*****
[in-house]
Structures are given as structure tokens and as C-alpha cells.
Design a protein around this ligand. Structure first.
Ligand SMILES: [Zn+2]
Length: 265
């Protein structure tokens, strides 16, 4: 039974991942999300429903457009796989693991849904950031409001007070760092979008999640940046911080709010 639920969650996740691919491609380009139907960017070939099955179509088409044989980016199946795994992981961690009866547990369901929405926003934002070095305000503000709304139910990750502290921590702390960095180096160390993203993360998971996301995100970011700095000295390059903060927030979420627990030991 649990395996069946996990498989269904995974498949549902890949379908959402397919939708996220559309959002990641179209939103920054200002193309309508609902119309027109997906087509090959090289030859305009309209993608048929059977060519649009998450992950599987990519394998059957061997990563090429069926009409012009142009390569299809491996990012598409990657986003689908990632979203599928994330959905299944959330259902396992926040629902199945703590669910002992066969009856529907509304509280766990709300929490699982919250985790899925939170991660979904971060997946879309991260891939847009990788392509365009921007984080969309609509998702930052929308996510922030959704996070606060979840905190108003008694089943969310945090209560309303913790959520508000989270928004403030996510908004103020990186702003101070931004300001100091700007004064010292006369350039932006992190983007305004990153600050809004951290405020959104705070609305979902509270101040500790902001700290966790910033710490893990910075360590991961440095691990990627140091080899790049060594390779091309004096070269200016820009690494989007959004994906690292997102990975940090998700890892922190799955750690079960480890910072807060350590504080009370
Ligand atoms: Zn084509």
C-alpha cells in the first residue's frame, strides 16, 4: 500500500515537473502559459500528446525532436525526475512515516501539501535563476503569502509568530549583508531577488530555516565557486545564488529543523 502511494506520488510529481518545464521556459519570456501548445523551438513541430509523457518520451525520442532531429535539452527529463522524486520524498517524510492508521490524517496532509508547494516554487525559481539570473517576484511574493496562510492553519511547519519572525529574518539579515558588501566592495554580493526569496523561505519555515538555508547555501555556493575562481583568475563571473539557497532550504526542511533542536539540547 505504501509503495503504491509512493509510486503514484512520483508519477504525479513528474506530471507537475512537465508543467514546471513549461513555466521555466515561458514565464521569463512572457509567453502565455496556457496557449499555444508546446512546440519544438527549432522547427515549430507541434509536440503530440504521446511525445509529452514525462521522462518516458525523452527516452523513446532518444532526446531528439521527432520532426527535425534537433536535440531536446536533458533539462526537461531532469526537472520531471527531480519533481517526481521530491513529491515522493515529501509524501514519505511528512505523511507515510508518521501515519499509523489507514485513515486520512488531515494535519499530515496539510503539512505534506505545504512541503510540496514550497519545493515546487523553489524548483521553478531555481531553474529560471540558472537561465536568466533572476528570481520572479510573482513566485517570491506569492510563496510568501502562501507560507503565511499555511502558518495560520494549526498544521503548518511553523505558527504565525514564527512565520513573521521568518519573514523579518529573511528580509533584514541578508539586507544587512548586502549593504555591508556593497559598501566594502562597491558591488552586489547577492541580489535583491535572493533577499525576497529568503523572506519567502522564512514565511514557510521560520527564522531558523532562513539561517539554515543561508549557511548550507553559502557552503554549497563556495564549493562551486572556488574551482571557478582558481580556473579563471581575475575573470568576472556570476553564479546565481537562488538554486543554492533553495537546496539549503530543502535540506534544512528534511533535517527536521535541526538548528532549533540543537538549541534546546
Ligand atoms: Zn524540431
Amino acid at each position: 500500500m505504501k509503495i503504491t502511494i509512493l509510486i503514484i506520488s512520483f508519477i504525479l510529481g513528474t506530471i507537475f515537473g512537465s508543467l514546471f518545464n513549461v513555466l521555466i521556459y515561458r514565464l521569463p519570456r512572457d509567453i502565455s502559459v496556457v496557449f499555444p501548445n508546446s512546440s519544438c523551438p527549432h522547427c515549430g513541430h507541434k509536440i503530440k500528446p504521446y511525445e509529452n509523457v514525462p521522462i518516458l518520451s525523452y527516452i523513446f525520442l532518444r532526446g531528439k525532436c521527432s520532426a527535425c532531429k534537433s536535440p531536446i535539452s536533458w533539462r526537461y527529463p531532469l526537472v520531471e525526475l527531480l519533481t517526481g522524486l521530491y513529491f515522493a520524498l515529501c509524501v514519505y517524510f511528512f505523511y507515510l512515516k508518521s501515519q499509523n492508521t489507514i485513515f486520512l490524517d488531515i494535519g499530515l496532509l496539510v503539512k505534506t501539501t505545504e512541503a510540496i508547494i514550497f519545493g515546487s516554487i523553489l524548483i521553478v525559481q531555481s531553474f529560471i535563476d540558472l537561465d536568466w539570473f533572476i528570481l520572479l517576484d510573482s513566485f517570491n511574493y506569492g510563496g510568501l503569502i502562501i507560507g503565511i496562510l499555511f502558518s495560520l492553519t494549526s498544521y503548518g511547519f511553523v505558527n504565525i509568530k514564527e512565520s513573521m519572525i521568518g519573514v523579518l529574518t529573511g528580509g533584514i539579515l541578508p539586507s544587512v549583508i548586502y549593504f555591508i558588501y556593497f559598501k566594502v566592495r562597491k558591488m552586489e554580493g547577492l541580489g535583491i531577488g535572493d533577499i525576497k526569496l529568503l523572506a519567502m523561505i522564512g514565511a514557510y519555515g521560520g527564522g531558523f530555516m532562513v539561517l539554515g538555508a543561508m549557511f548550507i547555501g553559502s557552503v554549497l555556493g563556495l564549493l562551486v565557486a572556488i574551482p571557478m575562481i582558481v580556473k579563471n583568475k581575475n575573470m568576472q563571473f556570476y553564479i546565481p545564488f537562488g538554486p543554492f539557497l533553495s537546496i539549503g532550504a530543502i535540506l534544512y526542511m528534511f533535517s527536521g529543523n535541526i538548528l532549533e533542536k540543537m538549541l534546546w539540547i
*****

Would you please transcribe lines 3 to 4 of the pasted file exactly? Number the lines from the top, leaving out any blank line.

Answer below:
Design a protein around this ligand. Structure first.
Ligand SMILES: [Zn+2]